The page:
Complete-ACMEChallenge -Ref dns1 -Challenge http-01 -ProviderConfig s3HttpProvider

After you've completed all the Challenges you need to satisfy, you submit your responses for each Challenge type for validation by the ACME server.

Submit-ACMEChallenge -Ref dns1 -Challenge http-01

You can check on the status of a particular Identifier, and you should see the status change from 'pending' to 'valid' if all the Challenges have been satisfied.

Update-ACMEIdentifier -Ref dns1

After an Identifier is authorized, you can create a new certificate request against it. You can either provide your private key and CSR in PEM format, or have the PS module create new ones for you.

## Either import existing key/csr PEM files...
New-ACMECertificate -Identifier dns1 -Alias cert1 `
    -KeyPemFile path\to\key.pem -CsrPemFile path\to\csr.pem

## ...or generate new ones
New-ACMECertificate -Identifier dns1 -Alias cert1 -Generate

Then you submit the request and it either gets approved (or denied) immediately, or gets deferred and you can refresh the status after some delay.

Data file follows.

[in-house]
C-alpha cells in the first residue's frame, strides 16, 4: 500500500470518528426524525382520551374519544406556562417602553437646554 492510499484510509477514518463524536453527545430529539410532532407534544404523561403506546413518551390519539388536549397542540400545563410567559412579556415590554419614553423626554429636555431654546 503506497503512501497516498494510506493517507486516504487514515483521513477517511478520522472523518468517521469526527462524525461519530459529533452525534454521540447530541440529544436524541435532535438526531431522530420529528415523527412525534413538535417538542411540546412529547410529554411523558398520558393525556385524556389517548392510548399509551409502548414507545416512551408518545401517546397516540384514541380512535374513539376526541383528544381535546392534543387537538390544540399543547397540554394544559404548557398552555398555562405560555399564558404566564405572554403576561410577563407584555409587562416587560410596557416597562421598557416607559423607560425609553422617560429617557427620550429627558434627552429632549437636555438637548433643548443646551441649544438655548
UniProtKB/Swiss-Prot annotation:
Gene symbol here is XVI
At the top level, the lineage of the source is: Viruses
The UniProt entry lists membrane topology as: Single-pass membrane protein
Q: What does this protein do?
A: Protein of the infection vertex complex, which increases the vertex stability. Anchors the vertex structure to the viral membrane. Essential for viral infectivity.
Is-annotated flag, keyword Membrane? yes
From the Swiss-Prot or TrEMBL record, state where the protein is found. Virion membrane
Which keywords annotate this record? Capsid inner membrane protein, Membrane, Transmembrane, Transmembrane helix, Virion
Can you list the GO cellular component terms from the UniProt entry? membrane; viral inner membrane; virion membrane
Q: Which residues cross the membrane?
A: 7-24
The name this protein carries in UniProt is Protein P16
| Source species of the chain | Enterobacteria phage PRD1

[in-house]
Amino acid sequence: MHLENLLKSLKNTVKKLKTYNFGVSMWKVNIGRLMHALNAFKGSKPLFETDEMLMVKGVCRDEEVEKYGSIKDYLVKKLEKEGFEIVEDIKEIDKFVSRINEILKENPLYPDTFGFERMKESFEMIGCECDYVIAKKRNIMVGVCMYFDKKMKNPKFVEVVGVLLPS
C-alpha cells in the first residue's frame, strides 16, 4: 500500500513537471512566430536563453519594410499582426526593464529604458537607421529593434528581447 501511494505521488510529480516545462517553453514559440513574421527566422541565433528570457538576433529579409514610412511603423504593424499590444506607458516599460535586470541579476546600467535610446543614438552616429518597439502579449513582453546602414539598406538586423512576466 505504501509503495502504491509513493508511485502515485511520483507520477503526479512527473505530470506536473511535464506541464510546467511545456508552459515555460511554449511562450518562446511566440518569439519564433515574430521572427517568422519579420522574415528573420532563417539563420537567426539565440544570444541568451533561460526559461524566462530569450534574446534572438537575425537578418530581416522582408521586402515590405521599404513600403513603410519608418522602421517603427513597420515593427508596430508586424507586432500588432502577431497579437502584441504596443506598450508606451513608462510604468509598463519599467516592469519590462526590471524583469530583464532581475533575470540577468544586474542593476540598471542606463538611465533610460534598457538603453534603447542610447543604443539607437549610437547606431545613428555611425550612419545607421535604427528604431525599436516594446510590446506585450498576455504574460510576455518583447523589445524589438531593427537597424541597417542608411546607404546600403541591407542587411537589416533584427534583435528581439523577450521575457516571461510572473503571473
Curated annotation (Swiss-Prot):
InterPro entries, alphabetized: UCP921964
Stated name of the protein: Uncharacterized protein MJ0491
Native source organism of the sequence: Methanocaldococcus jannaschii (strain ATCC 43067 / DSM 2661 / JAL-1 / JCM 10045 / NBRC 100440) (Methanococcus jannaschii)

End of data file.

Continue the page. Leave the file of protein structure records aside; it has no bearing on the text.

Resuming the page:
Submit-ACMECertificate -Ref cert1
Update-ACMECertificate -Ref cert1

At this point you should have your issued (signed) certificate in the Vault. You can get at it any time and export various elements in a few different formats.

Get-ACMECertificate -Ref cert1 `
    -ExportKeyPEM cert1-key.pem `
    -ExportCsrPEM cert1-csr.pem `
    -ExportCertificatePEM cert1-crt.pem `
    -ExportCertificateDER cert1-crt.der `
    -ExportPkcs12 cert1-all.pfx

Installing Certificates

Once you have a certificate issued, you can export the various components as shown in the last example and you can use those any way necessary to install the certificate. However, this project also includes some automation-supporting installation cmdlets that cater to a few specific server/service use cases.

Windows IIS

For IIS 7.0 and greater (on Windows 2008 and greater), you can use the IIS installer cmdlet that's included in a PowerShell Script Module with this ACME client package to automatically install the PKI certificate and configure an endpoint on a Web Site.